– This is the second of Rosellini’s war trilogy, which follows the Allied advance up the boot of Italy. In one case, the Germans were so recently gone that passengers on a passing streetcar thought the scene of Germans abducting a resistance leader was real and attempted to intervene (you can see the streetcar going by in the scene). If there’s one flaw in this film, it’s that it conveniently glosses over the fact that Italy had only dumped Il Duce when the Allies were at the door. You do get to see more of war’s real devastation than in the first installment (but much more was to come, as you’ll see in the entry after next).NEW YORK DOLL
– Arthur Kane’s quiet life working in a Mormon library is suddenly disrupted by the unexpected return of a piece of his past – the New York Dolls, who helped to lay the musical groundwork for punk (and whose visual style affected just about all of rock from that point on). Seeing him reclaim this part of his life was very touching, even though it turned out to be the last chapter in his story.GERMANY YEAR ZERO
- The Neo-Realist style was perhaps the only appropriate style for the finale Rossellini’s war trilogy. The impact generated by just setting characters loose in Berlin as it was soon after the war is hard to convey if you haven’t seen it. How did people possibly live in the middle of so much rubble?THE DEVIL AND DANIEL JOHNSTON
- The tormented artist has been a romantic figure ever since, well, ever since the Romantic movement started in the late 1700s. An easier position to hold when you’re not dealing with the day-to-day realities involved. Luckily for Daniel Johnston, a lot of talented people were able to see past his spectacular dysfunction and rawer-than-raw performance style to the songs underneath it all.THE LAST KING OF SCOTLAND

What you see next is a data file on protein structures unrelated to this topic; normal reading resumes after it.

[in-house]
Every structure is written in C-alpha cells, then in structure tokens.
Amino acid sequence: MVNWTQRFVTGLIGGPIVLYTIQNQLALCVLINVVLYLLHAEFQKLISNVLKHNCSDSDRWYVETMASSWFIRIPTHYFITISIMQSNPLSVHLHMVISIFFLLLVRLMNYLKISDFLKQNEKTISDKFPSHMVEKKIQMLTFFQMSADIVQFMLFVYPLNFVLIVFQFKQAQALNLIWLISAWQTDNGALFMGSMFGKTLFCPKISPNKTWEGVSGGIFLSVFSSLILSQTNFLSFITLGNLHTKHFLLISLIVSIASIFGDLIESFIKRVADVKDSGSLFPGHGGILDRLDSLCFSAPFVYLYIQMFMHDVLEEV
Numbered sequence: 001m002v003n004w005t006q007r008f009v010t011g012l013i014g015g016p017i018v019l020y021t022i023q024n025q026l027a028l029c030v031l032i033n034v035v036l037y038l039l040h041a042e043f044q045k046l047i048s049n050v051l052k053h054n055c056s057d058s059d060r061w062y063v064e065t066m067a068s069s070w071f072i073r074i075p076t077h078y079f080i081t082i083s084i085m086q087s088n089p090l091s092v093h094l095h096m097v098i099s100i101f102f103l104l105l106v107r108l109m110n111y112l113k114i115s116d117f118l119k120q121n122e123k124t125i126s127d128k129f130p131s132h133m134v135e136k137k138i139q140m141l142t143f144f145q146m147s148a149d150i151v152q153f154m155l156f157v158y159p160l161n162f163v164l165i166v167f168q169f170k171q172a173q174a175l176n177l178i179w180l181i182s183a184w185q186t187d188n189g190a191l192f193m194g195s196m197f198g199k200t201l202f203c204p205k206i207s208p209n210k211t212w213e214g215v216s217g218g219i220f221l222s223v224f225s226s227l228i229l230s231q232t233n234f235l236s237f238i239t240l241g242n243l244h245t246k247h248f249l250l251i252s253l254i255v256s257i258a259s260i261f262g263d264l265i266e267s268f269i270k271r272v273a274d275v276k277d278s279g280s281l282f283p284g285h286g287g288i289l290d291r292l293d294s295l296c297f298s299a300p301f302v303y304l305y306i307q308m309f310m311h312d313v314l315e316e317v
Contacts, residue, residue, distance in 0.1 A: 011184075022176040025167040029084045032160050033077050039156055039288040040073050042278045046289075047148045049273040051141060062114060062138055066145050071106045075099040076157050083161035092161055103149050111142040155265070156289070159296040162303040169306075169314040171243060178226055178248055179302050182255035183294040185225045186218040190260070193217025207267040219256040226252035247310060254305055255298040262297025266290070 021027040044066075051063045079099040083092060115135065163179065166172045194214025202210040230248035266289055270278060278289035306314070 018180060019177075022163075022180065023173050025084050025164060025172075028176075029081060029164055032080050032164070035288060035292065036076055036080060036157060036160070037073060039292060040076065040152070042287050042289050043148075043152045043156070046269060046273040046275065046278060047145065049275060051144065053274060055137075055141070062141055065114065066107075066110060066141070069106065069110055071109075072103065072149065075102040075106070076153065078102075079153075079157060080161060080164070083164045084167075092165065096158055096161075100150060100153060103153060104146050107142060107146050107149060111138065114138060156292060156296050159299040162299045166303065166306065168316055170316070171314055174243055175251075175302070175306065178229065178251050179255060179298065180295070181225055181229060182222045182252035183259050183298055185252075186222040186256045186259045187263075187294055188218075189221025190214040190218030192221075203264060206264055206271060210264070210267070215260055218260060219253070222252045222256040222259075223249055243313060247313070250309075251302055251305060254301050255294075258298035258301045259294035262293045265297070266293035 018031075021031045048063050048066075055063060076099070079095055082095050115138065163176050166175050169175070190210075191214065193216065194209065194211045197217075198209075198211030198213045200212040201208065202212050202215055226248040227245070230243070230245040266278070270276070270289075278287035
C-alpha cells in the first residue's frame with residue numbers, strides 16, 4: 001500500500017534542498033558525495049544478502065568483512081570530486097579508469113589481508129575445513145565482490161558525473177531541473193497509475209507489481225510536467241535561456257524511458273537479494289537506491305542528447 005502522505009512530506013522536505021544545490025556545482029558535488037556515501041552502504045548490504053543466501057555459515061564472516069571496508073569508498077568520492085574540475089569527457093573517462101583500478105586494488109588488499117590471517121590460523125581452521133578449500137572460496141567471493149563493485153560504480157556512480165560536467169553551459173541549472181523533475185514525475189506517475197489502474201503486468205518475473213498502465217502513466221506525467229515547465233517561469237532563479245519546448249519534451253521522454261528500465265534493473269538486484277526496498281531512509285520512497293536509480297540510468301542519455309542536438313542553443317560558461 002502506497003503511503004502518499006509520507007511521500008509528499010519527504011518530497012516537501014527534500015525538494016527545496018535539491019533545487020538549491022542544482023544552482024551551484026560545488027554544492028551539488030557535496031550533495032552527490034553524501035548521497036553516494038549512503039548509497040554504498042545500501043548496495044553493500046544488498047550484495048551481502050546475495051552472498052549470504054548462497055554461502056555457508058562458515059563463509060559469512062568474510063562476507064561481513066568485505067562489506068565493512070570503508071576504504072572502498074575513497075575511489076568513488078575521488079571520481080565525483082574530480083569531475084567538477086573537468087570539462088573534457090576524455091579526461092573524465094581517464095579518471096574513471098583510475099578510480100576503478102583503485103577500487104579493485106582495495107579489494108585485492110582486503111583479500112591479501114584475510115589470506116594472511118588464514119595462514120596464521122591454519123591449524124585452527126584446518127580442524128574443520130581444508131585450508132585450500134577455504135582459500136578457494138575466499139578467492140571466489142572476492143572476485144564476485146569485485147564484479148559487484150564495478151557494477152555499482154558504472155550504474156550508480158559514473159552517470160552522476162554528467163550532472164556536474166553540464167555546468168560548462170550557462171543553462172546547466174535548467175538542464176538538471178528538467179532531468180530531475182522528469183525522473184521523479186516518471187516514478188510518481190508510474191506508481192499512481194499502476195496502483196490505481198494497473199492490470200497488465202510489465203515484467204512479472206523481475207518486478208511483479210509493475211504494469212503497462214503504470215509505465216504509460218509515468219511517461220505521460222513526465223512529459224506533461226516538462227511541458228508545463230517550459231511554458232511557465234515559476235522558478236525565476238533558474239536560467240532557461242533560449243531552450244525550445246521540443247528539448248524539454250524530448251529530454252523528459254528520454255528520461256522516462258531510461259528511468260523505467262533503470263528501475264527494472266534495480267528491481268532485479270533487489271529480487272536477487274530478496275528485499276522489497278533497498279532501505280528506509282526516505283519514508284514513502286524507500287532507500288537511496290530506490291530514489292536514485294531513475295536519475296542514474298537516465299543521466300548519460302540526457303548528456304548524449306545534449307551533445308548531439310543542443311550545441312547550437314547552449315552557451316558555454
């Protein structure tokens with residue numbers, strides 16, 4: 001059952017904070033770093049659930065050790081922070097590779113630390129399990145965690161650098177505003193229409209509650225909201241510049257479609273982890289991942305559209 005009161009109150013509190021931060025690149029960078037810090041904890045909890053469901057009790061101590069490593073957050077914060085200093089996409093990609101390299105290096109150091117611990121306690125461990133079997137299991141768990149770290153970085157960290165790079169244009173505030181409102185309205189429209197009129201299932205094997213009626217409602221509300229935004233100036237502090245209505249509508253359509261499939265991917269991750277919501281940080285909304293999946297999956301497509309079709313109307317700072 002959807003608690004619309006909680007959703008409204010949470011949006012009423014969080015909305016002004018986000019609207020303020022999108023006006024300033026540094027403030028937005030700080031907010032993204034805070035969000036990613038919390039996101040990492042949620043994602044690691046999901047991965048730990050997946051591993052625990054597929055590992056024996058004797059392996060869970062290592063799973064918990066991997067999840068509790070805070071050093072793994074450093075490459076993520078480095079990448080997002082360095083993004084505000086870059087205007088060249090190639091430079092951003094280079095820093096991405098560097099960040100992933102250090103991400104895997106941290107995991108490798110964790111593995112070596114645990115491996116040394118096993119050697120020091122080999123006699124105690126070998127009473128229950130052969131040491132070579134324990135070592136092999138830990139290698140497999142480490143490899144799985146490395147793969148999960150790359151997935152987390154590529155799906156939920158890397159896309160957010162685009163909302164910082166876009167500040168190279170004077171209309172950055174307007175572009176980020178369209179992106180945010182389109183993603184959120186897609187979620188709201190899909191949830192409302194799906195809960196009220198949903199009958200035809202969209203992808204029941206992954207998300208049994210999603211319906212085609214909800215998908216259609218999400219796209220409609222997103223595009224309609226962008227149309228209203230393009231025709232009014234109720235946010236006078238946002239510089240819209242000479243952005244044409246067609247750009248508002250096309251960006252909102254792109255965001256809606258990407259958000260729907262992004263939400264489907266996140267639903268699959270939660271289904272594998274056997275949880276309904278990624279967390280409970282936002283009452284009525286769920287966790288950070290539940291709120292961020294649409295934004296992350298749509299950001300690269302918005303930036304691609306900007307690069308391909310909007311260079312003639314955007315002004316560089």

– I’ve been a Forrest Whitaker fan since he played Charlie Parker in BIRD, and my perception has always been that he brings a great sense of gentle calm to his portrayals. Maybe I’ve been missing the exceptions, since this portayal of Idi Amin was a pretty spectacular change of pace, one that clearly earned that Oscar.THE QUEEN
– Another unintentional segue. Essentially, this is a movie about the kind of moment we all dread, the moment when we realize that we’re living in a different world than the one we thought we were in. Adjusting to the world as it actually is is never easy, and in this case Britain could be a republic today had the Royals declined to make the effort.JOHN WATERS DVD SCRAPBOOK
(listed by Netflix as “John Waters Collection: Extras”
) – This companion disc to an old Waters boxed set has more than five hours of material on it – lots of mini-docs, interviews, old photos and such. I couldn’t get through it all, partly because of one of the worst-designed user interfaces ever. I still enjoyed it, especially “Love Letter to Edie” – what a life that Egg Lady led!AS TEARS GO BY
- Up till now, my knowledge of Hong Kong director Wong Kar-Wei was limited to Fallen Angels, but I’ve wanted to see more for a long time, so I figured a good way to end this marathon would be to go back to the beginning of his directing career and work forward later. I did this despite the fact that this first feature of his isn’t exactly considered a masterpiece, but I’m curious about where people came from and how they developed their style. As advertised, this one is a fairly-conventional crime flick, but with just a few touches of his later visual style here and there. Still pretty enjoyable.
I’ll have to do that again some time.